I am grieving generally for my previous life, and more specifically for unfettered contact with family and friends. I have not seen my Toronto family, including two of my siblings, since the Thanksgiving before last, and I miss them all terribly. There is a comfort in being with people you have known all your life which cannot be replicated or replaced. A few of my local friends and I have managed to regularly meet over the past year, but I have not had the pleasure of socializing with people in my extended circle for what seems like an eternity. I miss previously mundane things like meeting someone for coffee or lunch, and the joy of gathering at a celebratory party. Generally crowds make me nervous, but right now I’d pay a million bucks just to stroll confidently maskless through a throng at the mall.
The loss of being in a choir has cut me deeply as well. I looked forward to our Wednesday night rehearsals, not only because they punctuated my week, but also because they provided me with a welcome social gathering. I’ve made many friends in my seven years in the choir, and I miss their company. Studies have shown that singing with others produces an almost instantaneous camaraderie, and I acutely feel the lack of that fellowship. I also miss the joy of singing, and the satisfaction that comes from mastering a difficult piece. The choir board managed to cobble together some small group singing last fall, and our social committee has hosted three very fun Zoom trivia nights, but as welcome as these events were, I think its fair to say that we are all just pining to reconstitute into the 100 strong voices of The Peterborough Singers.
I don’t just miss making art, I also miss consuming it. I have patronized The Stratford Festival almost every summer for decades, generally taking in one musical and one Shakespearean play per visit, and I usually attend a National Ballet performance at least once a year. I buy tickets to every local arts event that interests me, and regularly go to concerts in Toronto, my two most recent being Depeche Mode and Justin Timberlake. The arts feed me in a way that nothing else can, and I feel saddened and diminished as a person because of their lack. I watch Great Performances on PBS, record musical specials and award shows, and regularly get Facebook posts from various arts organizations as well as the BBC, but these all pale in comparison to being present at a live production. Live performances are ethereal and fleeting by nature, and it is always a distinct and singular privilege to share in them, both as a performer and as an audience member.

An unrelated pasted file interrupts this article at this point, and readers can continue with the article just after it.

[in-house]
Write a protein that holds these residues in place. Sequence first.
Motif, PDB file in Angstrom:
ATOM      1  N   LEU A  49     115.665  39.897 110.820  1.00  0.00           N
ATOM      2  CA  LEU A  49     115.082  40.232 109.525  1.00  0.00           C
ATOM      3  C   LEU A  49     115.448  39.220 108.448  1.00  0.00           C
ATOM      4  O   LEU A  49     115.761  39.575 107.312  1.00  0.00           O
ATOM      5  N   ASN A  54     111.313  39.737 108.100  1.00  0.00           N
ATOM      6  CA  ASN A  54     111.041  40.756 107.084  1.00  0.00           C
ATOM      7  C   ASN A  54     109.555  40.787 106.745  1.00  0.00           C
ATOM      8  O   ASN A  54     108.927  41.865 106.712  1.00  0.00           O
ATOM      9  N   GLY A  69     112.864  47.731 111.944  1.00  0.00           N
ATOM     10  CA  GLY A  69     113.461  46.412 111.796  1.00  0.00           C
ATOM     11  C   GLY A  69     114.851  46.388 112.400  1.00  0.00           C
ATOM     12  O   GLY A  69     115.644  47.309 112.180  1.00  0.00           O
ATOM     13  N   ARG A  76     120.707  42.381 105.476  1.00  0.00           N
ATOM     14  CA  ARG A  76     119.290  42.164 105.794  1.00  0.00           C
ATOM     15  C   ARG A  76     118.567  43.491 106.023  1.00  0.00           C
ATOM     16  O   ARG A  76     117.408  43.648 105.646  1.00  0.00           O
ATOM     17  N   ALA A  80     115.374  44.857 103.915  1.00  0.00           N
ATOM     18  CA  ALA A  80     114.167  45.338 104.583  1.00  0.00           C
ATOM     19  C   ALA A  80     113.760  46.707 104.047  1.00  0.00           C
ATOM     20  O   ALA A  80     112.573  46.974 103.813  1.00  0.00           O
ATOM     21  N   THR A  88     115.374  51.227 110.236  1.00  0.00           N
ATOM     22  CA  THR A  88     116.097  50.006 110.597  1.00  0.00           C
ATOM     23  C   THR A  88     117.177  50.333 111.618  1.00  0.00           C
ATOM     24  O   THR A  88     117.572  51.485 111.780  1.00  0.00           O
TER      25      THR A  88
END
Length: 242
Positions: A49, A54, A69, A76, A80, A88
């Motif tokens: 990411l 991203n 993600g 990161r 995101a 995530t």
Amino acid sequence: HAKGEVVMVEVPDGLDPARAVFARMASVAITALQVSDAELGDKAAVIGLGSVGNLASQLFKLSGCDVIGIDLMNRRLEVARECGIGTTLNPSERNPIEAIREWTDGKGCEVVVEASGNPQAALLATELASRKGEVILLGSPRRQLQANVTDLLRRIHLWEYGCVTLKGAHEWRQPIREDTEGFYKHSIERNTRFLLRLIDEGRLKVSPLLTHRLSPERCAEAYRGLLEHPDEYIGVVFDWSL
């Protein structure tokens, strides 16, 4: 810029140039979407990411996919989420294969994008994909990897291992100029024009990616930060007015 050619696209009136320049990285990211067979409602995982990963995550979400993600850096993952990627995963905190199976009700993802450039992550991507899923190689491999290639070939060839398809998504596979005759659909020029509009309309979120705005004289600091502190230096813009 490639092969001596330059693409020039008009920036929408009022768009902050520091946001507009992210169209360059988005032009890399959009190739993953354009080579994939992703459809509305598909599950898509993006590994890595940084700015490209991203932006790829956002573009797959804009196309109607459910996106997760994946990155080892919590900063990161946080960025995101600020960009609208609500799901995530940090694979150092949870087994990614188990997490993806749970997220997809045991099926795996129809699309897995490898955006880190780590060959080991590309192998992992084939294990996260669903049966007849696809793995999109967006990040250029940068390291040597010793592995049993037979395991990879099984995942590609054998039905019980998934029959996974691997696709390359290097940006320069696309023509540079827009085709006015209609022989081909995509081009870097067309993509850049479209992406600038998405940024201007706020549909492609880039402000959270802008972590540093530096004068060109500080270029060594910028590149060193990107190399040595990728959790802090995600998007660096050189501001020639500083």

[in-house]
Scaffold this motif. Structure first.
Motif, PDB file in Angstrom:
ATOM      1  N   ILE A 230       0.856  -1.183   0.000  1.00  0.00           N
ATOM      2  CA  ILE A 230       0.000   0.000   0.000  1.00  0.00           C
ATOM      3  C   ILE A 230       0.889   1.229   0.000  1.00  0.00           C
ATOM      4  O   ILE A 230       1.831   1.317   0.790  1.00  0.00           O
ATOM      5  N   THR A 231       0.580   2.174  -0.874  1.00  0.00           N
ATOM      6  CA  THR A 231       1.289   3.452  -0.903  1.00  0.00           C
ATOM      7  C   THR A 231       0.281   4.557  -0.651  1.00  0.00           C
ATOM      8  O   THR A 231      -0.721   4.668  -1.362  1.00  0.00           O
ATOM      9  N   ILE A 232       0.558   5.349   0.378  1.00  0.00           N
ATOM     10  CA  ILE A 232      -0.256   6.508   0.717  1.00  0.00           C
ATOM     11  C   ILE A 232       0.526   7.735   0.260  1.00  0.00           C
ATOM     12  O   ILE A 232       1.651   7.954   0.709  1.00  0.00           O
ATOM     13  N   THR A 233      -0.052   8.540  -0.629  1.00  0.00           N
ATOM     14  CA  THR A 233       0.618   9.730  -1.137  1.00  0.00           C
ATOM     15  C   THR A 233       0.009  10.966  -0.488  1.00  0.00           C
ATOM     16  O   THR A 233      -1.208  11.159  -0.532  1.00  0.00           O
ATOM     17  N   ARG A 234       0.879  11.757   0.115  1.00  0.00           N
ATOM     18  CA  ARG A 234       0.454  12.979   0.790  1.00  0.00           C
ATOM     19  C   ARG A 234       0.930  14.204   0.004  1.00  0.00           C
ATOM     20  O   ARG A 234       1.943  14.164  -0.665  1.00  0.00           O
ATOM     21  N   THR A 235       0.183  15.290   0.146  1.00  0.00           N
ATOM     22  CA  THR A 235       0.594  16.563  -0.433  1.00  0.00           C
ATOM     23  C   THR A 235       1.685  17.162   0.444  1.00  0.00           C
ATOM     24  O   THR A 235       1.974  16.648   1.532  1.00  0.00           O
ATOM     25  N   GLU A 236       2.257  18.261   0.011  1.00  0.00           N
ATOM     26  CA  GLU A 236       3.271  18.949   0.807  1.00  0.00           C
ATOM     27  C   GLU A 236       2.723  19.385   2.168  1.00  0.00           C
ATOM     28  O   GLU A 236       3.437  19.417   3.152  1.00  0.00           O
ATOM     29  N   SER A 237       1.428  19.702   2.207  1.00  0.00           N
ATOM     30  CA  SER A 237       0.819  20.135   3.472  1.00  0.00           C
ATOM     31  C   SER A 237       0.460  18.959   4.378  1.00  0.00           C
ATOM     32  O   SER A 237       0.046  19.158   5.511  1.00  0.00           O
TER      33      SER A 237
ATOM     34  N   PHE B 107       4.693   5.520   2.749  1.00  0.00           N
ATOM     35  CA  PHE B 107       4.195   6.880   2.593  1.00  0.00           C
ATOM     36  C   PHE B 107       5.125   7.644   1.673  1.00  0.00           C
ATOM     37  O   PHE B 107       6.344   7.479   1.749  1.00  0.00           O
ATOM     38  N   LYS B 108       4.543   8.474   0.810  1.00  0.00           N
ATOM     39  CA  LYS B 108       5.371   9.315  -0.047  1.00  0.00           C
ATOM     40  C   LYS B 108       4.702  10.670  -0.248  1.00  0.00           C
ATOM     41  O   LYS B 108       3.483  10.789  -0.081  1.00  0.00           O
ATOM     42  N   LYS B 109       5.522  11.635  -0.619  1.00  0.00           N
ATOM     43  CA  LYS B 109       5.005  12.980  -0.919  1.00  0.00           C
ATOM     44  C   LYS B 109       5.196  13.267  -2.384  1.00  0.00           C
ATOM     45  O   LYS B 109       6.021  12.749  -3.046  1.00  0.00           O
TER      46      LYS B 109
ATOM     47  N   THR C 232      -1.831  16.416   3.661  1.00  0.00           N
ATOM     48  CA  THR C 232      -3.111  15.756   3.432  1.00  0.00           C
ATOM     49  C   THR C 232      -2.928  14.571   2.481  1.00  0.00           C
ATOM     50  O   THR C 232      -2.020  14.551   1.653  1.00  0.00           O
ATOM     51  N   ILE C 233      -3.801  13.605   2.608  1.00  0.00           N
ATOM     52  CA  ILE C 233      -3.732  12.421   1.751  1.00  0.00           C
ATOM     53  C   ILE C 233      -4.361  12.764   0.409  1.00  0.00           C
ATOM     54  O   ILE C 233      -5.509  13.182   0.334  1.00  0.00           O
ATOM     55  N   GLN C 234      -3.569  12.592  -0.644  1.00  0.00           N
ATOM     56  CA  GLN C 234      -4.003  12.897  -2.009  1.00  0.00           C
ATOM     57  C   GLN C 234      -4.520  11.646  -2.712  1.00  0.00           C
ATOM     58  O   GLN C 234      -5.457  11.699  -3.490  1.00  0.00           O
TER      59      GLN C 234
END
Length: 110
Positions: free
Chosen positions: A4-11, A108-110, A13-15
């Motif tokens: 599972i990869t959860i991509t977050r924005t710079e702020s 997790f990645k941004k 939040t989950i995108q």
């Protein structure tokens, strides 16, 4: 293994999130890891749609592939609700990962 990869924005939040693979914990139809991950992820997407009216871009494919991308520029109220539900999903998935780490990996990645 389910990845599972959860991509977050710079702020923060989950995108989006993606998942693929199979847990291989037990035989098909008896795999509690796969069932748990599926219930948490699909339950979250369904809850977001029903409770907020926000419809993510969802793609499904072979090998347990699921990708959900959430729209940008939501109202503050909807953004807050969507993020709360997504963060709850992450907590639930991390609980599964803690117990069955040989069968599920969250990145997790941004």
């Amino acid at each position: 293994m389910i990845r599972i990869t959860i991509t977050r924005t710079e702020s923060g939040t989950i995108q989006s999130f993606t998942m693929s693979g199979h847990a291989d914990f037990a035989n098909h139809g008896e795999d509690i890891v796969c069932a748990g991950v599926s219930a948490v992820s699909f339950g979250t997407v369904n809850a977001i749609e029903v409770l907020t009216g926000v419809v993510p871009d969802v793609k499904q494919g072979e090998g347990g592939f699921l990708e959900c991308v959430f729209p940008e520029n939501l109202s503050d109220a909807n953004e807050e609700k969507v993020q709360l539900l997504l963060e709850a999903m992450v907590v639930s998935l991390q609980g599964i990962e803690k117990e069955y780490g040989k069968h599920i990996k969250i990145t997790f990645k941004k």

One thing that has helped enormously at this difficult time is technology. I have weekly video chats with my children, and more infrequent ones with members of my extended family. It is just wonderful to talk with them while looking at their familiar, much loved faces. I have also recently become more active on Facebook, hooking up with many new friends and posting more material. Anyone familiar with my writing knows that I have railed more than once about the many negatives of social media, but I have discovered that Facebook can be very beneficial if used properly. I do not click on any links provided by the platform, I do not believe anything posted from sources I don’t already know and trust, and I generally only share or repost things with a positive message. Facebook’s algorithms are programmed to provide users with more of whatever they show an interest in, so I figure if I keep putting up videos of adorable kittens and hilarious cartoons then that’s what I’ll get from FB in return. So far, this strategy has served me very well, and I regularly receive posts that are entertaining, uplifting, and/or funny. Nice!
Mankind has survived worse times than these. My own parents endured a decade long depression followed immediately by a protracted world war, and they both went on to live productive, relatively happy lives. I know I will get through this, I just hate this feeling of impotence while I wait. I also recognize the irony of writing about how I don’t feel like writing, but as I said, I also don’t feel like brushing my teeth and I’m still doing that. Some things are too important for one’s health – physical, emotional, or psychological – to be skipped. Writing, for me, is one of those things. Stay strong, my friends. This too shall pass.